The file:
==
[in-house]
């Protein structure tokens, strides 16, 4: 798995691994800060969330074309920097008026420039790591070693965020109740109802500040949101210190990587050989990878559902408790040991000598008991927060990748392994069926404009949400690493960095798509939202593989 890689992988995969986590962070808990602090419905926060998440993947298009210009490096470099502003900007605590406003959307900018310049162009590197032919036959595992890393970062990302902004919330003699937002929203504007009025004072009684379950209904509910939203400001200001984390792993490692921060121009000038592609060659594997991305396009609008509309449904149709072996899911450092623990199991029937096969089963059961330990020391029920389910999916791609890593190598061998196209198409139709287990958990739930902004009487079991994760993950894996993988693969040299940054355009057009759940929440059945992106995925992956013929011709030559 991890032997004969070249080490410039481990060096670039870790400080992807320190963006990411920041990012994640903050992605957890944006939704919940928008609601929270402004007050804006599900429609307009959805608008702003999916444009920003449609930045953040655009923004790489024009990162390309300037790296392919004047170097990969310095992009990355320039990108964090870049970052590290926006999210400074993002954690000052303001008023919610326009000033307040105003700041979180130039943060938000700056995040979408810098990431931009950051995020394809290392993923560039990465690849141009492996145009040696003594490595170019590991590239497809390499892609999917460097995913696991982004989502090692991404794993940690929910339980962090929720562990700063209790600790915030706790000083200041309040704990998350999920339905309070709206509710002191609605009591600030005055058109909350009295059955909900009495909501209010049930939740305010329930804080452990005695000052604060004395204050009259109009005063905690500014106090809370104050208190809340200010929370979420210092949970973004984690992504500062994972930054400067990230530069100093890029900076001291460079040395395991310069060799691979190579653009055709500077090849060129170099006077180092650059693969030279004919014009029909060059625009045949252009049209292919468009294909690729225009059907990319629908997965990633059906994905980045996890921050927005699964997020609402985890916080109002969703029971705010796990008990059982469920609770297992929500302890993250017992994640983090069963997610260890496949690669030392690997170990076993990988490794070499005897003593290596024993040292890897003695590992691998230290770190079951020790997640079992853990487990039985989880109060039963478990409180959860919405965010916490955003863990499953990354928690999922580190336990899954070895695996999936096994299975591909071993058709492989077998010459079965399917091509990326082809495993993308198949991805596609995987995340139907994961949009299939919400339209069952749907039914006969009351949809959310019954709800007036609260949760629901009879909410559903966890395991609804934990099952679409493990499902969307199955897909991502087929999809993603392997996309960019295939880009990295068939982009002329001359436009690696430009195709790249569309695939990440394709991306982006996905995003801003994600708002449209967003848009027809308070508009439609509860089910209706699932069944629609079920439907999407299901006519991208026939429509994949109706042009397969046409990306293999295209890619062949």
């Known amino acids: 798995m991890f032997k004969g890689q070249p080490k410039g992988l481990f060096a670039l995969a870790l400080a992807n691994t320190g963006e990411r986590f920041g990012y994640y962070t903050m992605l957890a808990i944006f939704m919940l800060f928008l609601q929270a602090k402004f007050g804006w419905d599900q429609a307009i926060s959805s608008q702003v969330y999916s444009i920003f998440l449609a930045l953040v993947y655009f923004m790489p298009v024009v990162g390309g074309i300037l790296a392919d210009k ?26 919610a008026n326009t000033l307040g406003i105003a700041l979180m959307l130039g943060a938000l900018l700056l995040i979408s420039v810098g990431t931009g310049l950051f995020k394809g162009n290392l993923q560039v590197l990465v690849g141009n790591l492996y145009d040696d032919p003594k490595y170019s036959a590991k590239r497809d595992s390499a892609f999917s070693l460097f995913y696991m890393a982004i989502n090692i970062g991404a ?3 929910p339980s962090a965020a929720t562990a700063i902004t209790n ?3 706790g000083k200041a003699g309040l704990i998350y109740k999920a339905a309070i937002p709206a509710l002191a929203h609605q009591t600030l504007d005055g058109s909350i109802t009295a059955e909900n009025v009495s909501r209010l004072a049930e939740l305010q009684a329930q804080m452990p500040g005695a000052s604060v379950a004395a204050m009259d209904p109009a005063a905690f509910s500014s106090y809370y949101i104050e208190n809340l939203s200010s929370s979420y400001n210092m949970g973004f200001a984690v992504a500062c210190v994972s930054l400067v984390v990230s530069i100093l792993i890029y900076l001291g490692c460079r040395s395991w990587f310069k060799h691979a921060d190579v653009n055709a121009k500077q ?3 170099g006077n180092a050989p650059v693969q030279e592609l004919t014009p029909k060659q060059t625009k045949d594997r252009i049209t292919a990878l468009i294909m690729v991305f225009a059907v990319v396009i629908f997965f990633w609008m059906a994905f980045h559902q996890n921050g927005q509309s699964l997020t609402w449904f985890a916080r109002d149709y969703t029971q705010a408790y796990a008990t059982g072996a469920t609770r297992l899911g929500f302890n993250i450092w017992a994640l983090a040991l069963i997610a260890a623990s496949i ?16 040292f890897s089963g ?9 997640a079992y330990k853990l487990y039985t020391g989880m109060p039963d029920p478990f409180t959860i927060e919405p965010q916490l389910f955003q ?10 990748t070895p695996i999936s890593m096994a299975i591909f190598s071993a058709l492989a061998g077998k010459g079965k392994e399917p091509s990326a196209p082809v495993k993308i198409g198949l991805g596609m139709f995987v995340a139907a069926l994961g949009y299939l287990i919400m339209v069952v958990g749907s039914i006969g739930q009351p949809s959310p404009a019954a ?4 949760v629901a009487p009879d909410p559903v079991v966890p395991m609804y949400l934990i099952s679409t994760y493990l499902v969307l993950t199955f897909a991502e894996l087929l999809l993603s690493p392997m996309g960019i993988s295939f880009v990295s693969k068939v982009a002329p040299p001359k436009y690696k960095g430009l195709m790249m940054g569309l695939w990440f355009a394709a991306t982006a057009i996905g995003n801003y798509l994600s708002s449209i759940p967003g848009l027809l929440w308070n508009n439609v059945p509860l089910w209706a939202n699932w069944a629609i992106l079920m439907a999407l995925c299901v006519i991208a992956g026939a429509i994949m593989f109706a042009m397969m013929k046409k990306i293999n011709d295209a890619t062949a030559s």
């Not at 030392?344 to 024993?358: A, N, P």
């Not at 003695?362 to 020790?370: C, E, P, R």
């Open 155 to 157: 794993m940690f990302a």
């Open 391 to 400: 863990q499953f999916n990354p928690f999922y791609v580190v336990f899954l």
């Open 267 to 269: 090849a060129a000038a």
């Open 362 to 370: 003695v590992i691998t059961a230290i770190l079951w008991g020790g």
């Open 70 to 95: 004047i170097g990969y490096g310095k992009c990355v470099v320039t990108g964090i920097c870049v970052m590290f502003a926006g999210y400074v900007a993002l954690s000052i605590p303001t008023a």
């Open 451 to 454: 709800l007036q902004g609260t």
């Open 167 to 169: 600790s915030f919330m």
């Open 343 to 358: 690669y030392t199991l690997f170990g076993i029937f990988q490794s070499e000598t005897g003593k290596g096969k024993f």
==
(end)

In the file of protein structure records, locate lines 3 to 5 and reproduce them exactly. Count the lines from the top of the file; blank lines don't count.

């Known amino acids: 798995m991890f032997k004969g890689q070249p080490k410039g992988l481990f060096a670039l995969a870790l400080a992807n691994t320190g963006e990411r986590f920041g990012y994640y962070t903050m992605l957890a808990i944006f939704m919940l800060f928008l609601q929270a602090k402004f007050g804006w419905d599900q429609a307009i926060s959805s608008q702003v969330y999916s444009i920003f998440l449609a930045l953040v993947y655009f923004m790489p298009v024009v990162g390309g074309i300037l790296a392919d210009k ?26 919610a008026n326009t000033l307040g406003i105003a700041l979180m959307l130039g943060a938000l900018l700056l995040i979408s420039v810098g990431t931009g310049l950051f995020k394809g162009n290392l993923q560039v590197l990465v690849g141009n790591l492996y145009d040696d032919p003594k490595y170019s036959a590991k590239r497809d595992s390499a892609f999917s070693l460097f995913y696991m890393a982004i989502n090692i970062g991404a ?3 929910p339980s962090a965020a929720t562990a700063i902004t209790n ?3 706790g000083k200041a003699g309040l704990i998350y109740k999920a339905a309070i937002p709206a509710l002191a929203h609605q009591t600030l504007d005055g058109s909350i109802t009295a059955e909900n009025v009495s909501r209010l004072a049930e939740l305010q009684a329930q804080m452990p500040g005695a000052s604060v379950a004395a204050m009259d209904p109009a005063a905690f509910s500014s106090y809370y949101i104050e208190n809340l939203s200010s929370s979420y400001n210092m949970g973004f200001a984690v992504a500062c210190v994972s930054l400067v984390v990230s530069i100093l792993i890029y900076l001291g490692c460079r040395s395991w990587f310069k060799h691979a921060d190579v653009n055709a121009k500077q ?3 170099g006077n180092a050989p650059v693969q030279e592609l004919t014009p029909k060659q060059t625009k045949d594997r252009i049209t292919a990878l468009i294909m690729v991305f225009a059907v990319v396009i629908f997965f990633w609008m059906a994905f980045h559902q996890n921050g927005q509309s699964l997020t609402w449904f985890a916080r109002d149709y969703t029971q705010a408790y796990a008990t059982g072996a469920t609770r297992l899911g929500f302890n993250i450092w017992a994640l983090a040991l069963i997610a260890a623990s496949i ?16 040292f890897s089963g ?9 997640a079992y330990k853990l487990y039985t020391g989880m109060p039963d029920p478990f409180t959860i927060e919405p965010q916490l389910f955003q ?10 990748t070895p695996i999936s890593m096994a299975i591909f190598s071993a058709l492989a061998g077998k010459g079965k392994e399917p091509s990326a196209p082809v495993k993308i198409g198949l991805g596609m139709f995987v995340a139907a069926l994961g949009y299939l287990i919400m339209v069952v958990g749907s039914i006969g739930q009351p949809s959310p404009a019954a ?4 949760v629901a009487p009879d909410p559903v079991v966890p395991m609804y949400l934990i099952s679409t994760y493990l499902v969307l993950t199955f897909a991502e894996l087929l999809l993603s690493p392997m996309g960019i993988s295939f880009v990295s693969k068939v982009a002329p040299p001359k436009y690696k960095g430009l195709m790249m940054g569309l695939w990440f355009a394709a991306t982006a057009i996905g995003n801003y798509l994600s708002s449209i759940p967003g848009l027809l929440w308070n508009n439609v059945p509860l089910w209706a939202n699932w069944a629609i992106l079920m439907a999407l995925c299901v006519i991208a992956g026939a429509i994949m593989f109706a042009m397969m013929k046409k990306i293999n011709d295209a890619t062949a030559s």
């Not at 030392?344 to 024993?358: A, N, P």
């Not at 003695?362 to 020790?370: C, E, P, R």